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    Annual wellness visit clarified by CMS; Codes G0438 and G0439; Annual wellness visit versus routine physical


    Renee Stantz
    My January 10 column about the Centers for Medicare and Medicaid Services (CMS) annual wellness visit (AWV) ( http://MedicalEconomics.com/annual) elicited several questions, addressed here.

    Q: In your column about the Medicare AWV, you listed six elements that may be included in the visits. I read that either verbal or written information about voluntary advance care planning must be provided. Is advance care planning also one of the required elements?

    A: Since issuing a press release about this topic in November, CMS included the element of advance care planning and then removed it, clarifying in Transmittal 138, issued February 15, that "the addition and definition of 'voluntary advance care planning' as a specified element of the AWV has been removed."

    Note that this removal does not prevent you from discussing advance care planning with a patient; it only deletes it as a requirement for the AWV.

    G0438 AND G0439 WITH V70.0

    Q: We have been billing codes G0438 and G0439 with ICD-9 code V70.0, and the claims are being rejected. Which ICD-9 code works with these two CPT codes?

    A: CMS has not issued specific diagnosis codes to support codes G0438 and G0439. Some offices across the country have reported that their carriers have, in error, denied these codes when V70.0 is used.

    Resubmit these claims, but answer a few questions beforehand:

    1. Has the patient become eligible for Medicare within the past 12 months? If a patient is within the first 12 months of his or her Medicare Part B effective date, an initial preventive physical examination (IPPE) should be billed instead of an AWV. These types of claims could receive the following denial code:

    • "This service was denied. Medicare doesn't cover an [AWV] within the first 12 months of your Medicare Part B coverage. Medicare does cover a one-time [IPPE] ("Welcome to Medicare" physical exam) within the first 12 months of your Medicare Part B coverage."

    If an IPPE was performed after January 1, 2011, coinsurance and Part B deductibles are waived for this service. When an electrocardiogram (ECG) is furnished with the IPPE, the deductible and coinsurance will continue to apply for ECG services only.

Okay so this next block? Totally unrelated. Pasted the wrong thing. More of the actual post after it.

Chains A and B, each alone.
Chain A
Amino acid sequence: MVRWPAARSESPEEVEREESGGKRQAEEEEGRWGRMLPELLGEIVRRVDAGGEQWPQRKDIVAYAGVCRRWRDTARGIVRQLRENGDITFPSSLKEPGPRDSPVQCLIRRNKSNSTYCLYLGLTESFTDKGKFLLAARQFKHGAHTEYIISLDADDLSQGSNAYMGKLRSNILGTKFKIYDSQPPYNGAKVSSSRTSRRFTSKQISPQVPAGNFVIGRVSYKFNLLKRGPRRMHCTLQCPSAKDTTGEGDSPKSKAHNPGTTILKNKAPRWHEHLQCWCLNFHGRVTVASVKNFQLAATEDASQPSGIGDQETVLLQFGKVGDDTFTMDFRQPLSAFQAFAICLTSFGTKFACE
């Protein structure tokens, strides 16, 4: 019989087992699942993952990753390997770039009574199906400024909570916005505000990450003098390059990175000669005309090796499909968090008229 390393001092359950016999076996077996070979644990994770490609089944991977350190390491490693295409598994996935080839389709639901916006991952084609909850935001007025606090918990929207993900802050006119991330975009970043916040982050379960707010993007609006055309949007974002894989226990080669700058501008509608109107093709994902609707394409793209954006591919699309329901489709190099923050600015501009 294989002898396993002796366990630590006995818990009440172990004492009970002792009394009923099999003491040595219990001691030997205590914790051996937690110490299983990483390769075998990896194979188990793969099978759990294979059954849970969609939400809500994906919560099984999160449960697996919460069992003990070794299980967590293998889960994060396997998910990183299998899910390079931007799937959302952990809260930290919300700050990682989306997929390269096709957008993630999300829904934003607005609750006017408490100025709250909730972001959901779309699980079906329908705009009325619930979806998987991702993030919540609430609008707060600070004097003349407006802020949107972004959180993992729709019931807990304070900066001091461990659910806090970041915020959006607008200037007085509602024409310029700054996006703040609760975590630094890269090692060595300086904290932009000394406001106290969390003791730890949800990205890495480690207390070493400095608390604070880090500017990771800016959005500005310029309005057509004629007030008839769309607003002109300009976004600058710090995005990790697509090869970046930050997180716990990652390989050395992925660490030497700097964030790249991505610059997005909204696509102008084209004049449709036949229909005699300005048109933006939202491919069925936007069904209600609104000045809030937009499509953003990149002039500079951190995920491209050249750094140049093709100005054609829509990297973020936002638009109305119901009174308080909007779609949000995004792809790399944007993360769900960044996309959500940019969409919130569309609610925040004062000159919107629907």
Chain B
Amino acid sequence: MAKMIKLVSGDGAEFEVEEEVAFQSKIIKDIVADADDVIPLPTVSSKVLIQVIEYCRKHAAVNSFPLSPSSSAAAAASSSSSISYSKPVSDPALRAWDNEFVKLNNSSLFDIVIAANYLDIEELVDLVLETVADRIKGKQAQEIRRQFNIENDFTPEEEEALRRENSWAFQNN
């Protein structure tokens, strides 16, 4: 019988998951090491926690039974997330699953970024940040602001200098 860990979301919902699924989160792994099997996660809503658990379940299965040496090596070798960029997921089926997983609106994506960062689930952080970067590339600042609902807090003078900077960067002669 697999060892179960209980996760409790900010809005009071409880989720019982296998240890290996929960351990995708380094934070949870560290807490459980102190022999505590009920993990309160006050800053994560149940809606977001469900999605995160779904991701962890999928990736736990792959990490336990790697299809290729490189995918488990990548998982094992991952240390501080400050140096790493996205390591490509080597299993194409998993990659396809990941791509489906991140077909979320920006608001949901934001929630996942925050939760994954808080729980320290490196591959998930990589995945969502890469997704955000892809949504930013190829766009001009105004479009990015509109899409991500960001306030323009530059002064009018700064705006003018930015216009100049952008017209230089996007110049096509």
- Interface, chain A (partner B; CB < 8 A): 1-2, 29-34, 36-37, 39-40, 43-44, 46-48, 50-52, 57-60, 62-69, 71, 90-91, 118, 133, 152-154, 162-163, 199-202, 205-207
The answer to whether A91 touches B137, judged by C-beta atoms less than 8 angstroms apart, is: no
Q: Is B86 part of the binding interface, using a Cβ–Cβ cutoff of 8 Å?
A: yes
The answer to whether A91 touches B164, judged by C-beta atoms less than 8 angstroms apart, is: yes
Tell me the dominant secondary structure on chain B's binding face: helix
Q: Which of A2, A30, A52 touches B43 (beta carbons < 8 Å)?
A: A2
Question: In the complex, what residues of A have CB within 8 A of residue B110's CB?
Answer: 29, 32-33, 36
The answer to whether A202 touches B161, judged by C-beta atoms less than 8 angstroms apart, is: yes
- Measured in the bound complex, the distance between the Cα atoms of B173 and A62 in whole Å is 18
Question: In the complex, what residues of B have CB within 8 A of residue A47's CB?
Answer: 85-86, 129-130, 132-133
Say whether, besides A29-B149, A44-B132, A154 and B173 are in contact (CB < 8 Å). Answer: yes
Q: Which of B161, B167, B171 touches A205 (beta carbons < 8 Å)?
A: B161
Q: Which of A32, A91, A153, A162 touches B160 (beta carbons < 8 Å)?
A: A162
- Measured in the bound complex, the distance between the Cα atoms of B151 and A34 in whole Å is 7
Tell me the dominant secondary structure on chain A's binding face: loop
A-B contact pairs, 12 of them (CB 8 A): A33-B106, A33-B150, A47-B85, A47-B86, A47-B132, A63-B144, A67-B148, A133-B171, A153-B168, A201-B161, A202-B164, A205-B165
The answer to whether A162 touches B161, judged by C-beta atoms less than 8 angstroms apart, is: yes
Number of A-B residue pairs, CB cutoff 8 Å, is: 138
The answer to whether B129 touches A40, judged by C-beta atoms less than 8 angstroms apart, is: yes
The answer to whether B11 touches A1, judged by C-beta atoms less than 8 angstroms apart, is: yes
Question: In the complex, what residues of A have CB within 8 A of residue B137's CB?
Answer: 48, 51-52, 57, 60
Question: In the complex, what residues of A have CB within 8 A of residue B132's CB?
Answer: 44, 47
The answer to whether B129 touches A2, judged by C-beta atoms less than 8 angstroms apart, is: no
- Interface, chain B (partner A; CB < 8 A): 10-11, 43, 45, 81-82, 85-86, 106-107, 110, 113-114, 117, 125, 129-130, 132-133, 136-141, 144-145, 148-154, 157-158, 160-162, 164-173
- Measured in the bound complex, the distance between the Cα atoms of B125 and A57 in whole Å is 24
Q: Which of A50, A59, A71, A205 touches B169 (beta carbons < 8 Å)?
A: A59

If a patient is outside the initial 12-month period, then bill for an AWV.

    2. Has the patient received the initial AWV (code G0438) from another provider? G0438 signifies a once-in-a-lifetime benefit for each patient, and CMS will deny your claim if the agency previously paid for this service for a patient. Denial codes:

    • "This service is paid only once in a patient's lifetime."
    • "Lifetime benefit maximum has been reached for this service/benefit category."
    • Group code "PR" (patient responsibility).

    When billing code G0438, obtain an advanced beneficiary notice (ABN) of noncoverage before rendering the service.

    3. Has the patient received an IPPE or AWV within the past 12 months? It will become increasingly difficult to historically track a patient's care. Therefore, obtain an ABN before performing an AWV. If a patient has received an IPPE or AWV within the past 12 months, the denial codes that you could receive are:

    • "This service was denied because it occurred too soon after your last covered [AWV]. Medicare only covers one [AWV] within a 12-month period."
    • "This service was denied because it occurred too soon after your [IPPE]."

    AWV VERSUS ROUTINE PHYSICAL

    Q: How does the CPT code for the new AWV differ from the 99397 code for a routine physical?

    A: Codes 99381 to 99397 include counseling/anticipatory guidance/risk-factor reduction interventions that are provided at the time of the initial or periodic comprehensive preventive medicine examination. As with the IPPE, however, CMS has delineated clear requirements for codes G0438 and G0439.

    For a full listing of the requirements, see Medicare's Claims Processing Manual, Chapter 18, Section 140.








    The author is a medical consultant based in Indianapolis, Indiana. Do you have a primary care-related coding question you would like to have our experts answer in this column? Send it to
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